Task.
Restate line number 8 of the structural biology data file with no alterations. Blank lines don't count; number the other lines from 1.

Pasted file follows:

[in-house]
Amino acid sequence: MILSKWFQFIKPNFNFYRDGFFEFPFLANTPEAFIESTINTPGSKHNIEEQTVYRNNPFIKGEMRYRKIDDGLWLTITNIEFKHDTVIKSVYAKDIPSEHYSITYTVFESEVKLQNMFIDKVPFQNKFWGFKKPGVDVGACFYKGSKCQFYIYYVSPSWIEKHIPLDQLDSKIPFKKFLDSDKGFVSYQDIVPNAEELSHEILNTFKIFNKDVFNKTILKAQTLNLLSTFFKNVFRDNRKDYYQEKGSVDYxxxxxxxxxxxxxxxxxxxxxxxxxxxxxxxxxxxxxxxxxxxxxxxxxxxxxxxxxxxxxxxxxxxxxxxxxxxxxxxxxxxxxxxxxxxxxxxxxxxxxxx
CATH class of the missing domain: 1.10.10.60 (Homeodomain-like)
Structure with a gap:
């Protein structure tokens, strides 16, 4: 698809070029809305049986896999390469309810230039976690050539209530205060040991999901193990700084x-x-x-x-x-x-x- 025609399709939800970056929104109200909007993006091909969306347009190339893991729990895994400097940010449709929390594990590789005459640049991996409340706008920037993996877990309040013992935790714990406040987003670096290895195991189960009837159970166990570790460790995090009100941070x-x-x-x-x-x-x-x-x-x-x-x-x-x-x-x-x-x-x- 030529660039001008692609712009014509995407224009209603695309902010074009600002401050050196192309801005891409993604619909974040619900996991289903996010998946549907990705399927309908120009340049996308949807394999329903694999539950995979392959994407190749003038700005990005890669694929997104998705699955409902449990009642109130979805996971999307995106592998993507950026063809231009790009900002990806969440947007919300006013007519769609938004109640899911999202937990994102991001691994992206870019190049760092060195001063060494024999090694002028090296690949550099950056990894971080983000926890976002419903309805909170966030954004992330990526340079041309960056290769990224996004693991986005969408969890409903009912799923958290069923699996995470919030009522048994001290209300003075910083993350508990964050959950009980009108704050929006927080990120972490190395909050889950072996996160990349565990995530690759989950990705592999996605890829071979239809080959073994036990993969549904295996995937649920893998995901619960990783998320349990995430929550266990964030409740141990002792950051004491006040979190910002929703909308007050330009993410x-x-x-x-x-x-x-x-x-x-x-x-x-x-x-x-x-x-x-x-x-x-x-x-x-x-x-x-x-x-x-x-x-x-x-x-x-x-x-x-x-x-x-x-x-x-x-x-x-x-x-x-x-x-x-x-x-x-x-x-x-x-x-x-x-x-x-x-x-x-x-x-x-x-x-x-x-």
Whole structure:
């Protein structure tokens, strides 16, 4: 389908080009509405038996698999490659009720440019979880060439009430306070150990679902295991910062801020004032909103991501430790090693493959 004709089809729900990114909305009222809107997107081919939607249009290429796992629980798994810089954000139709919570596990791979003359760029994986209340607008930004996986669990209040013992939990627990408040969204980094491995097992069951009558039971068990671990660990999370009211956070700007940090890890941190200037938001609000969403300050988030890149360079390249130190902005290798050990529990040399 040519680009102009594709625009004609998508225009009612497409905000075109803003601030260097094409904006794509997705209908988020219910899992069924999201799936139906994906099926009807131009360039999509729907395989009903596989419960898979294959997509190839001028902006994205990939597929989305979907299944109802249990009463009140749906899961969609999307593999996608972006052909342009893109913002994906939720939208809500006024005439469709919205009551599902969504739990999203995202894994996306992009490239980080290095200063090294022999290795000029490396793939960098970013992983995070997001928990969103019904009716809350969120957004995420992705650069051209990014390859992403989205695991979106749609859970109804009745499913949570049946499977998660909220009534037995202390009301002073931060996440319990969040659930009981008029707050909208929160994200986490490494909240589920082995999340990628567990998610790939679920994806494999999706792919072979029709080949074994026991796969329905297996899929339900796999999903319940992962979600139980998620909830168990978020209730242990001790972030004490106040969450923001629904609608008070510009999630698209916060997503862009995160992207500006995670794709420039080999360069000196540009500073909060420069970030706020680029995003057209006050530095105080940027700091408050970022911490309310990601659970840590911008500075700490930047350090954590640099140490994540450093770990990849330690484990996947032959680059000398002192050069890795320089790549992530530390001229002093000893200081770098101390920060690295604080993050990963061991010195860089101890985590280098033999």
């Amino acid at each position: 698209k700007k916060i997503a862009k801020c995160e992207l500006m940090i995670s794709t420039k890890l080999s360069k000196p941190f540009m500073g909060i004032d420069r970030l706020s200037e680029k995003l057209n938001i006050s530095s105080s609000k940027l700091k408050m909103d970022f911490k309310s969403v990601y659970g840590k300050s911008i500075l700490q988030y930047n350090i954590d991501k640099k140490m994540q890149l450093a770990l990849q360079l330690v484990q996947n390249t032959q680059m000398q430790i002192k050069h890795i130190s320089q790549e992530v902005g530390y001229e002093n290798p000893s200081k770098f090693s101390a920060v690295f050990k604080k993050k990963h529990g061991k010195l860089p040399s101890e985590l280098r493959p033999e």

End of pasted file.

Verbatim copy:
């Amino acid at each position: 698209k700007k916060i997503a862009k801020c995160e992207l500006m940090i995670s794709t420039k890890l080999s360069k000196p941190f540009m500073g909060i004032d420069r970030l706020s200037e680029k995003l057209n938001i006050s530095s105080s609000k940027l700091k408050m909103d970022f911490k309310s969403v990601y659970g840590k300050s911008i500075l700490q988030y930047n350090i954590d991501k640099k140490m994540q890149l450093a770990l990849q360079l330690v484990q996947n390249t032959q680059m000398q430790i002192k050069h890795i130190s320089q790549e992530v902005g530390y001229e002093n290798p000893s200081k770098f090693s101390a920060v690295f050990k604080k993050k990963h529990g061991k010195l860089p040399s101890e985590l280098r493959p033999e």